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What is co-marketing and co-branding?

The terms 'co-marketing' and 'co-branding' are often used interchangeably, but they can have slightly different meanings. The overall concept is that two companies or brands work together - either for a one-off campaign or as part of a longer-term plan - and combine their marketing efforts to achieve greater exposure and more effective results. It's generally a case of identifying symbiotic dynamics and complementing each others' products in some way in order to gain a larger overall market share than they would be able to otherwise achieve on their own, without collaboration.

Although products being marketed as part of a co-marketing campaign may remain unique to each brand, sometimes two companies will create a new product together - essentially fusing their brands - and this will then be sold as a co-branded product.

Are there any famous examples of co-marketing?

Some examples of co-marketing include:

  • Louis Vuitton and BMW - Louis Vuitton created an exclusive collection of four suitcases and bags for the plug-in hybrid BMW i8
  • Apple and Nike - Apple Watch Nike+ was marketed as 'the ultimate tool for anyone who runs, pairing exclusive Nike Sport Bands with Apple Watch Series 2'
  • Swatch and Mercedes-Benz - an example of co-branding, the Smart car was created out of the combination of design from watch manufacturer Swatch and engineering from Daimler-Benz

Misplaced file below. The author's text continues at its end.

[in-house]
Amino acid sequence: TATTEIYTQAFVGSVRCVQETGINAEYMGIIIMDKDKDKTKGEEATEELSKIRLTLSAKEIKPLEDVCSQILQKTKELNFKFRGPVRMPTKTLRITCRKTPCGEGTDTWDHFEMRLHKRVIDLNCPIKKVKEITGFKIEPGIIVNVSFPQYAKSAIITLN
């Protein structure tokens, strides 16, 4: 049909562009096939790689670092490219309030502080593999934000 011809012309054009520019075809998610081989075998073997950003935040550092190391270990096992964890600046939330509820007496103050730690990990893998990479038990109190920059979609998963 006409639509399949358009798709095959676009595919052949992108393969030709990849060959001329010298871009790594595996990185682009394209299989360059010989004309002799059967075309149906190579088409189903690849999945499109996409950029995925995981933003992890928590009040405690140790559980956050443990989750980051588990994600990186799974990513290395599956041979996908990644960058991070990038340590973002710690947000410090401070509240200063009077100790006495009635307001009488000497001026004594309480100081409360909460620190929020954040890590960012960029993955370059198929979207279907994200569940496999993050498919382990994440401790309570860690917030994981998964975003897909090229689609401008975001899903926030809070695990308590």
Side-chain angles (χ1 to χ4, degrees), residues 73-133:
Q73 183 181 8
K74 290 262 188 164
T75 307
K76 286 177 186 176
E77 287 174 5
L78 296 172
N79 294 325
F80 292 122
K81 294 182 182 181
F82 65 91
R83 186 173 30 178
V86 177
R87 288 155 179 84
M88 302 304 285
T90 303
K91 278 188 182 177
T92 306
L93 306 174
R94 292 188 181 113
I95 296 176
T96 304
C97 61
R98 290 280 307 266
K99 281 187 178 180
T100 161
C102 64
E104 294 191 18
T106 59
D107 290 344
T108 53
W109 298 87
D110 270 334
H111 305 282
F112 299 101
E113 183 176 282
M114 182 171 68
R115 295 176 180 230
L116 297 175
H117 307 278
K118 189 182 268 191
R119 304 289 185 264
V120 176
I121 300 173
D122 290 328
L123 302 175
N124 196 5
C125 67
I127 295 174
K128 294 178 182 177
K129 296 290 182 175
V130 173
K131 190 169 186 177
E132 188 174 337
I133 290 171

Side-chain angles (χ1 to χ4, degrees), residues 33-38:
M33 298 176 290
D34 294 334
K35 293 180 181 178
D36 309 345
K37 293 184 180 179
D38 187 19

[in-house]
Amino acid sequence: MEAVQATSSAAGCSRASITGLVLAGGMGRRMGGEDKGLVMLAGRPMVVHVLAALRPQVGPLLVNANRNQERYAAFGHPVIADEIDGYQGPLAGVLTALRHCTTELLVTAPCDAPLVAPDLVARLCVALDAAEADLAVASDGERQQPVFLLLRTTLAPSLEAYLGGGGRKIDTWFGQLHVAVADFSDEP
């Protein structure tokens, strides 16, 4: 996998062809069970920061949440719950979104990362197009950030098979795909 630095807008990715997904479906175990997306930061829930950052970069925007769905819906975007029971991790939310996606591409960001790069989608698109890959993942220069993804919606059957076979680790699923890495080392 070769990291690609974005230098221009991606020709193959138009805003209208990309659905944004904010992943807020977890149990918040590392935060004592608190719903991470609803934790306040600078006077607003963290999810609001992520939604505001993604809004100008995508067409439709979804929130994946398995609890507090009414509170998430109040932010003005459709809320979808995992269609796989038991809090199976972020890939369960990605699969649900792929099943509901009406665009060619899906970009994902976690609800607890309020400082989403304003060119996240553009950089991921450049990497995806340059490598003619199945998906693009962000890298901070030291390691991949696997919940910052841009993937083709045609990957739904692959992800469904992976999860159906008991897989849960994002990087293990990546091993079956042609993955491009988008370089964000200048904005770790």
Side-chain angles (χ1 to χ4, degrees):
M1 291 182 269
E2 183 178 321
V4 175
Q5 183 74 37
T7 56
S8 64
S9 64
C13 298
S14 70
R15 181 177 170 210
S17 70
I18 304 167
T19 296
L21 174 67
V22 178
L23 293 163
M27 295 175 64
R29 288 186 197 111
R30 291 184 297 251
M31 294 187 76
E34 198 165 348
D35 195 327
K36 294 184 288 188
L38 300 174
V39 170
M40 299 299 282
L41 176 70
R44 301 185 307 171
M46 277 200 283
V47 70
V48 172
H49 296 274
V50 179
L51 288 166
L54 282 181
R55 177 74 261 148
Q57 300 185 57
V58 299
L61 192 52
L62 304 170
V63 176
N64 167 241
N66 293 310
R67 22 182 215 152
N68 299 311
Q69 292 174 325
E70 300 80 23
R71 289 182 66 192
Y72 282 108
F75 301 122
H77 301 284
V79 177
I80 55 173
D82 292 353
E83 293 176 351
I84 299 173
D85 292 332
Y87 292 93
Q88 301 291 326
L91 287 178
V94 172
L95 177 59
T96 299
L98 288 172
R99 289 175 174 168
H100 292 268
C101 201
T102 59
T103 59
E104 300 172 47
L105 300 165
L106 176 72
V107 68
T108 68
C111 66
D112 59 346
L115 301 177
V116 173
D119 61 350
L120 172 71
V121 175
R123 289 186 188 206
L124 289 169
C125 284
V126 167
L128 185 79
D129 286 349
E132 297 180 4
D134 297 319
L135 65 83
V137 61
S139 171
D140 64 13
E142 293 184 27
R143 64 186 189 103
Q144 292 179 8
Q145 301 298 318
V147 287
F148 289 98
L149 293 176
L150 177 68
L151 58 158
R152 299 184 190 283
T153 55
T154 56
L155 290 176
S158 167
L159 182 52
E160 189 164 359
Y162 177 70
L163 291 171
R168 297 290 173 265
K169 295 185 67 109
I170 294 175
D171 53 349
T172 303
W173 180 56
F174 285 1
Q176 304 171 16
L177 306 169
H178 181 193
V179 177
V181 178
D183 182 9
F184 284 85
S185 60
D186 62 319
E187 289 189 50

• Nike and Michael Jordan - a combination of a company brand (Nike) with a personal brand (basketball legend Michael Jordan)
  • Apple and Hermes - a combination of functional design and fashion.

What are the main pros and cons of co-marketing?

Shared resources can vastly reduce overall marketing expenditure, almost halving costs by creating one joint advertising campaign instead of two separate ones. Alternatively, a greater combined marketing budget can provide exposure (eg enabling the purchase of TV advertising space). Furthermore, two brands will each bring their own existing share of the market, introducing their partner to new potential customers.

On the downside, dilution of a brand is a possibility, especially if one brand is much stronger than the other. Another potential problem is that if a co-branded product develops a fault or receives negative publicity, this will affect both brands, even if the fault lies with one brand.

It will also be necessary to ensure a sufficient legal framework is in place to protect each company involved in a co-marketing campaign, so there will generally be additional legal costs.

It is vital that the companies involved in a co-marketing campaign ensure they have proper legal agreements in place to clarify their rights and responsibilities as part of their joint efforts and to avoid any potential disputes. This is even more important if they are developing a co-branded product.

It is also crucial that co-marketing campaigns do not breach any anti-competitive rules.

Ask a lawyer for more information about taking advantage of the opportunities of co-marketing and how to minimise any associated risks.

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